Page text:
The founder of file-sharing website Megaupload — which was shut down (alongside its sister site Megavideo) by the FBI last week, as well as three associates — was ordered to be held in custody by a New Zealand court on Monday.
Reuters reports that the 38-year-old — who goes by the names Kim Dotcom, Kim Schmitz, and Kim Tim Jim Vestor — has denied the charges of Internet piracy and money laundering. Dotcom — as well as the three others, Bram van der Kolk, Finn Batato, and Mathias Ortmann — will be held until Wednesday, when Judge David McNaughton is expected to issue a written decision. (Seven individuals in total, excluding reported CEO Swizz Beatz, who have been referred to the FBI has “The Mega Conspiracy,” have been officially charged with online copyright infringement.) According to the National Business Review, two of the remaining men sought by the FBI in conjunction with the case, Sven Echternach and Andrus Nomm, have also been arrested.
Prosecutor Anne Toohey argued at the bail hearing that Dotcom, who was reportedly living a life of excess and was taken out of a safe room by police after he had barricaded himself in during his arrest, was a flight risk “at the extreme end of the scale.” Tooehy said that three passports, as well 45 credit cards, were found in Dotcom’s mansion. His defense lawyer defense lawyer Paul Davison maintained that “My client collects them (credit cards), most of them are out of date.”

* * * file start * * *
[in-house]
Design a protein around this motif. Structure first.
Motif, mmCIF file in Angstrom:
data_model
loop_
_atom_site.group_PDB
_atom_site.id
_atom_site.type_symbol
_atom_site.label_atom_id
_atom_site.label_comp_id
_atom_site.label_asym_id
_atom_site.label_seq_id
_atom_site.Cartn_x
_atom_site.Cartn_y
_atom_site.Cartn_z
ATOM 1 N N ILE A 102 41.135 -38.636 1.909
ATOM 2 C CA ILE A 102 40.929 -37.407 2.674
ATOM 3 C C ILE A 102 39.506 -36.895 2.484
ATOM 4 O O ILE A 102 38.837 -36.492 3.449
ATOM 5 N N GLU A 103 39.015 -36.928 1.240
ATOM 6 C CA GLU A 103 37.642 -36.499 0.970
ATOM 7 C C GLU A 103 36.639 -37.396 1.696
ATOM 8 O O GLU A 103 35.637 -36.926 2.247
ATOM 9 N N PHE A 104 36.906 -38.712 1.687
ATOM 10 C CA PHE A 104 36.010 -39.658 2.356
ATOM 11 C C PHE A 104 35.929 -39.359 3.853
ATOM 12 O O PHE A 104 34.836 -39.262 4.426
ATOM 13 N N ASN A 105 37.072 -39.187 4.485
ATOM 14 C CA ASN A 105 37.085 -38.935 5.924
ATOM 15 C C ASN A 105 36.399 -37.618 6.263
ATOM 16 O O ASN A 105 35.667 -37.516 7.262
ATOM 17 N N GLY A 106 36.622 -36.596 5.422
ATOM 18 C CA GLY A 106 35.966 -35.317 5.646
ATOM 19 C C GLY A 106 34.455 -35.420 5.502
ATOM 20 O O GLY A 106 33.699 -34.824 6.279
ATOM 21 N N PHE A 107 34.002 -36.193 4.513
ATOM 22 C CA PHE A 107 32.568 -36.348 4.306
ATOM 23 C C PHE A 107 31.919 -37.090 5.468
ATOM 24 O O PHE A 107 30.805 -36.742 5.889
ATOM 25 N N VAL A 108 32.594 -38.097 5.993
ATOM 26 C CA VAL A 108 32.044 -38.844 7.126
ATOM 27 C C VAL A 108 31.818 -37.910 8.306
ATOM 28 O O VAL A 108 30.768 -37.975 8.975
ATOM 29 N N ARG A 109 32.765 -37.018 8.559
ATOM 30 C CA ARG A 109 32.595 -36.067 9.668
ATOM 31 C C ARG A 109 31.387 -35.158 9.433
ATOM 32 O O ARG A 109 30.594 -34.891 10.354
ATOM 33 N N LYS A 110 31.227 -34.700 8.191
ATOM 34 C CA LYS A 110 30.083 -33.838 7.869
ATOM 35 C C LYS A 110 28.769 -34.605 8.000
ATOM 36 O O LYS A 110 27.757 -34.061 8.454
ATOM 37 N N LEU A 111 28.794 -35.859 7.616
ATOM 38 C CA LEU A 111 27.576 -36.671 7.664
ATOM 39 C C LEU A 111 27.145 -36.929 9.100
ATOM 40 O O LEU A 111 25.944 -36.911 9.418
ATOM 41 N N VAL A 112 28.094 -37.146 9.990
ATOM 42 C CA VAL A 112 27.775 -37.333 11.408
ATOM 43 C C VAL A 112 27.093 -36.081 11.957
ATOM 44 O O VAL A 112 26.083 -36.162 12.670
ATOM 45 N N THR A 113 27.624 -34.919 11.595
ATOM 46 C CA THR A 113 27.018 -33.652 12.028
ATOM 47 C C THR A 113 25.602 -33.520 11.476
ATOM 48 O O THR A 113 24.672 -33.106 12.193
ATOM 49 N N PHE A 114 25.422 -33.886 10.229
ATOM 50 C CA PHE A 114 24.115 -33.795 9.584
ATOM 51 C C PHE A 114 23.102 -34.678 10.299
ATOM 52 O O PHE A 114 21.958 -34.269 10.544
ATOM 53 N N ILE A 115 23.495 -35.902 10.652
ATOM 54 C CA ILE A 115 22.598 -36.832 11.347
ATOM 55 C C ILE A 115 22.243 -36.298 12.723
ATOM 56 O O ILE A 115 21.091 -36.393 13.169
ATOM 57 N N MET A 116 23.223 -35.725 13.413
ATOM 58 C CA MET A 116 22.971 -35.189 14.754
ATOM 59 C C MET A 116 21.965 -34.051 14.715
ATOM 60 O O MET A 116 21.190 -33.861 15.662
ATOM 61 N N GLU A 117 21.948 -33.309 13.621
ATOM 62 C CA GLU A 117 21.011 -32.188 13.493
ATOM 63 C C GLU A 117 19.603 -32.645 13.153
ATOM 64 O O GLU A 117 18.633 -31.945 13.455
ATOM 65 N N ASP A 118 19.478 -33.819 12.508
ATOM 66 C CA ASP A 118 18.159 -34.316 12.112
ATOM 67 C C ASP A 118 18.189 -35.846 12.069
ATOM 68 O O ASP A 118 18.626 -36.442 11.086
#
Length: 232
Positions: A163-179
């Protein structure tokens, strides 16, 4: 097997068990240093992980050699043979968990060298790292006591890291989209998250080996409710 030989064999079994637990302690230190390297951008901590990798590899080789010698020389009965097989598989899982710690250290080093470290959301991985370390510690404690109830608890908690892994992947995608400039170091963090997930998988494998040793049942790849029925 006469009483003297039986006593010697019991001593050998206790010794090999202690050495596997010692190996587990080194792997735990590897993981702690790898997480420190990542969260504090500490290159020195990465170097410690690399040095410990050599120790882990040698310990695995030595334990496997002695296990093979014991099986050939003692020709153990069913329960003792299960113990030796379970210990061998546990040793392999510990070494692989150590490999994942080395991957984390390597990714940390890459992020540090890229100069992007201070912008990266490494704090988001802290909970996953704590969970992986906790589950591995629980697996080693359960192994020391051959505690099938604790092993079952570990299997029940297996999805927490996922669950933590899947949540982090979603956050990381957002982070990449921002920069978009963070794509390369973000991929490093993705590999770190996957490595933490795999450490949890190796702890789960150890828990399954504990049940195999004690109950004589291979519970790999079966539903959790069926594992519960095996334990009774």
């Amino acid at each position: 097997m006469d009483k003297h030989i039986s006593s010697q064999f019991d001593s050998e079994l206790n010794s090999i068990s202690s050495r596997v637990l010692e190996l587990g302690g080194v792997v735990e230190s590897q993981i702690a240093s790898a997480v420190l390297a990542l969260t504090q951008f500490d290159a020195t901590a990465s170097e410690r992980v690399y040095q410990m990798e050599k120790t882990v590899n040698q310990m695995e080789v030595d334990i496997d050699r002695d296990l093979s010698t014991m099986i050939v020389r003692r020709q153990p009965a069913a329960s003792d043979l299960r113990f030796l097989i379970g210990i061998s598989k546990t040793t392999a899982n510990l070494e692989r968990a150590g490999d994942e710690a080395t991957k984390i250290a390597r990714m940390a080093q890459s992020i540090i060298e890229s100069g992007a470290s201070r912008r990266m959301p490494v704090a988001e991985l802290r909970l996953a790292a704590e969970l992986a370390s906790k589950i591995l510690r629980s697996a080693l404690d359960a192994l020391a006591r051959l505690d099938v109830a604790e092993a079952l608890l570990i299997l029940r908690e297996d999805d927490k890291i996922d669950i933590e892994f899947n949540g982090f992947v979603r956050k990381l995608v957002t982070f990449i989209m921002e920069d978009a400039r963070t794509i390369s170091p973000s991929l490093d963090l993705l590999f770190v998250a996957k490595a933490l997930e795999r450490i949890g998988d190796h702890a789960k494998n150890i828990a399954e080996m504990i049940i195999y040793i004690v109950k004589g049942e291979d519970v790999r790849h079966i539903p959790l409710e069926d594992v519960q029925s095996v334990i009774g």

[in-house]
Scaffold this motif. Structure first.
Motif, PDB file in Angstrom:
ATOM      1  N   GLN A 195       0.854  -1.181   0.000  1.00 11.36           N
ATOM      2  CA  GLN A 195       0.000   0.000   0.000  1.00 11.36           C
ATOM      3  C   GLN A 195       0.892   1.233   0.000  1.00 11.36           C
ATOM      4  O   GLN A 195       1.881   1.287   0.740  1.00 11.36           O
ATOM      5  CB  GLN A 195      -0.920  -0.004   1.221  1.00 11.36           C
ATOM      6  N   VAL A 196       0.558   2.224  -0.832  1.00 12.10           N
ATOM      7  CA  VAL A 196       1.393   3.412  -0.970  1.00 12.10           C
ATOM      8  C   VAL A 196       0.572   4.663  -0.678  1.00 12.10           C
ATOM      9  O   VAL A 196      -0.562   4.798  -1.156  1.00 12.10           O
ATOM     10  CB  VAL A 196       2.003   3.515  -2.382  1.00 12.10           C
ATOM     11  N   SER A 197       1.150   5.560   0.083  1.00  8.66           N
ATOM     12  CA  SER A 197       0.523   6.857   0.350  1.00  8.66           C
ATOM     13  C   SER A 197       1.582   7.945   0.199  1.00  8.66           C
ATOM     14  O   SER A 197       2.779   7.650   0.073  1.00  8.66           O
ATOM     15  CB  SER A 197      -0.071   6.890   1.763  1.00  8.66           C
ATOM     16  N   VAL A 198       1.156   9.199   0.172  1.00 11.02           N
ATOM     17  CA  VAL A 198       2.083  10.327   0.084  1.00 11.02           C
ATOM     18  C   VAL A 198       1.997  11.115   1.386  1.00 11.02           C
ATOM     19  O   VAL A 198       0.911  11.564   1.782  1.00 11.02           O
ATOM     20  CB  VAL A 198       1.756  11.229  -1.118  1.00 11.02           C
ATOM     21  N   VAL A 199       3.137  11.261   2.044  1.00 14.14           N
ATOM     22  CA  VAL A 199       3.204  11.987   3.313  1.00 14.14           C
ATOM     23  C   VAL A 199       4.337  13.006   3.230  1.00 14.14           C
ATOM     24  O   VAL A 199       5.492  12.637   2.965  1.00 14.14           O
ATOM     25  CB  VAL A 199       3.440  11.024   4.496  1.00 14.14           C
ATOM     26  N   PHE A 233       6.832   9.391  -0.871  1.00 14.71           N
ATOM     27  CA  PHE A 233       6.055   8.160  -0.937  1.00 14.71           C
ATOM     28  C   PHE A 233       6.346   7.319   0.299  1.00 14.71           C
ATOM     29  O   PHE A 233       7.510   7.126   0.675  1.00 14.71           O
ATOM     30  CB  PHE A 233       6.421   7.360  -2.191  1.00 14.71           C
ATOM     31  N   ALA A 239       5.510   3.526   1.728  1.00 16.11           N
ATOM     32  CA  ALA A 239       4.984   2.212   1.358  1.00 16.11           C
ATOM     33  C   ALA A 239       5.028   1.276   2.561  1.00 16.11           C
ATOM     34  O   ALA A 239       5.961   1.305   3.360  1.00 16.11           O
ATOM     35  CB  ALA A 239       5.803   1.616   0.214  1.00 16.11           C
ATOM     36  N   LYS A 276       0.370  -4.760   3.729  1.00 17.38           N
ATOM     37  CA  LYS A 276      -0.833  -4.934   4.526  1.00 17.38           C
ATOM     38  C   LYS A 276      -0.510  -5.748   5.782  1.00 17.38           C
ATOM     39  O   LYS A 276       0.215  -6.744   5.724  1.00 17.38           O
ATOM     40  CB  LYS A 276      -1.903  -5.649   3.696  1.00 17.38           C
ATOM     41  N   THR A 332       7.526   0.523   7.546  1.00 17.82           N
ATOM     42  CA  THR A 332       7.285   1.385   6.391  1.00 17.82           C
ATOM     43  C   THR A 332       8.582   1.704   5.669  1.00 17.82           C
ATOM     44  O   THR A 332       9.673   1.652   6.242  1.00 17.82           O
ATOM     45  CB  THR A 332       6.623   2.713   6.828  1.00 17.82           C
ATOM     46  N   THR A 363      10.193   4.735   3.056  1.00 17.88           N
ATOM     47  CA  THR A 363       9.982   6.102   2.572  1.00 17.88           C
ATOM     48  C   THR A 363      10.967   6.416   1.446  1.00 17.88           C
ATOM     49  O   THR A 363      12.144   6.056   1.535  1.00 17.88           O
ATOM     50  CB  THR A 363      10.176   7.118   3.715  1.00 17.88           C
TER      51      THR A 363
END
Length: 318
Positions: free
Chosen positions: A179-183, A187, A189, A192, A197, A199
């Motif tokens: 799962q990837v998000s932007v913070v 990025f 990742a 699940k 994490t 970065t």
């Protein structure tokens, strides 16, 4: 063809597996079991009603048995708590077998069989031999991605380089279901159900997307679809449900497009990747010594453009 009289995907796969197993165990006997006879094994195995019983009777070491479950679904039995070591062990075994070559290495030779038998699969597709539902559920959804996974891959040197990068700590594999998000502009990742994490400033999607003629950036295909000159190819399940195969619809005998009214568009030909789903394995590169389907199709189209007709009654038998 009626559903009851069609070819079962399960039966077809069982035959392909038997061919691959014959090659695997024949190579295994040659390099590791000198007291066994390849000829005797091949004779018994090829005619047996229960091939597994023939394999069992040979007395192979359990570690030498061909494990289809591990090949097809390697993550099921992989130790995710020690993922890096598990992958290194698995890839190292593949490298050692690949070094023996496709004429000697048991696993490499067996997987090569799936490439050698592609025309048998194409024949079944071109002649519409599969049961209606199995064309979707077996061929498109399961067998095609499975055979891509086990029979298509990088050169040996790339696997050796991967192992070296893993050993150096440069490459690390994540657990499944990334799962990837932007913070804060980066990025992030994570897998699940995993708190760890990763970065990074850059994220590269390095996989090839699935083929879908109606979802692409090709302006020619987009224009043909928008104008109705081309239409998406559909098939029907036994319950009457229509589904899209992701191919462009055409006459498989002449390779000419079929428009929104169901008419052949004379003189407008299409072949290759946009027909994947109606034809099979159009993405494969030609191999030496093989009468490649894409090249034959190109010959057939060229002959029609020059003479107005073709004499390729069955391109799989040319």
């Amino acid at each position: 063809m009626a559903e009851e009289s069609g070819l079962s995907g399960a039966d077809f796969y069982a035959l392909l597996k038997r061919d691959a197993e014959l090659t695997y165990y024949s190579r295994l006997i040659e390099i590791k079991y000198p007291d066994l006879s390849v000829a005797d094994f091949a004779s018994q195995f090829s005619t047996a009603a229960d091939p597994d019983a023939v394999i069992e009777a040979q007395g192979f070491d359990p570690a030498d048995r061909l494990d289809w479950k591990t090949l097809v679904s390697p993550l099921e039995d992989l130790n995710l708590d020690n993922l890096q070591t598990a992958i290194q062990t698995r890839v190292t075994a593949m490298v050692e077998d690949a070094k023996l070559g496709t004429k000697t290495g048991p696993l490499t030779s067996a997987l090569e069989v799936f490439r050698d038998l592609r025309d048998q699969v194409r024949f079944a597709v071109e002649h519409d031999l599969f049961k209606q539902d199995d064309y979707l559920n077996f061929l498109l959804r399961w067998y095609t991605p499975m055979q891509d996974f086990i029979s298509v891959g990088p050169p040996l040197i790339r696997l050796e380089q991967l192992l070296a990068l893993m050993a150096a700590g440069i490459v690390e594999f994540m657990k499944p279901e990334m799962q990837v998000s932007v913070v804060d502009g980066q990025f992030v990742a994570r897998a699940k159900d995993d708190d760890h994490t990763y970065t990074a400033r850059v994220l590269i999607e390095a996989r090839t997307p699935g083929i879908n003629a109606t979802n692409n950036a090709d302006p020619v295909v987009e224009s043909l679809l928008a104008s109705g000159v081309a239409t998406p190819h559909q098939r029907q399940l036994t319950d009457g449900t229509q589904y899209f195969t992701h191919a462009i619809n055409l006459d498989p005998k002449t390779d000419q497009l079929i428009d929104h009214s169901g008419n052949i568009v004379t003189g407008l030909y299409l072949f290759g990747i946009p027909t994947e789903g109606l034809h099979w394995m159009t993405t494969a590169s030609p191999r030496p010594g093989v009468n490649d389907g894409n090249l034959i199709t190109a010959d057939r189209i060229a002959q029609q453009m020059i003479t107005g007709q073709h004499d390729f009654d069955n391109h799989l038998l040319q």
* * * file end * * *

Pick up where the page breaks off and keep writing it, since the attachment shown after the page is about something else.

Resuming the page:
While Davison said that Dotcom is “realistic about what is happening,” the defense lawyer stated in court that his client’s site Megaupload was being misrepresented. “His business did not reproduce or copy material as alleged,” he told the court, adding that the site, which he argued simply offered online storage and was not unlike YouTube in that users simply “promoted their creativity.” The FBI estimated in a statement released last week that the “harm caused by the conspiracy’s criminal conduct to copyright holders is well in excess of $500 million. The conspirators allegedly earned more than $175 million in illegal profits through advertising revenue and selling premium memberships.” However, the prosecutor stated, “The FBI believes the sums located are unlikely to represent all the overseas bank accounts owned by Mr. Dotcom.”
The shutdown of Megaupload, which came in the shadow of the SOPA and PIPA outrage over censorship, caused an uproar and retaliation on the Internet. Just moments after the site was taken down, hacking group Anonymous attacked the websites of the Recording Industry Association of America, the Motion Picture Association of America, BMI.com, and Universal Music, which have all since been restored. But even with the resistance and protest by many on the Internet regarding Megaupload, the shock waves can already be felt by the FBI’s crack down. Online data storage site FileSonic has stopped its file-sharing service entirely, alerting users that “Our service can only be used to upload and retrieve files that you have uploaded personally.”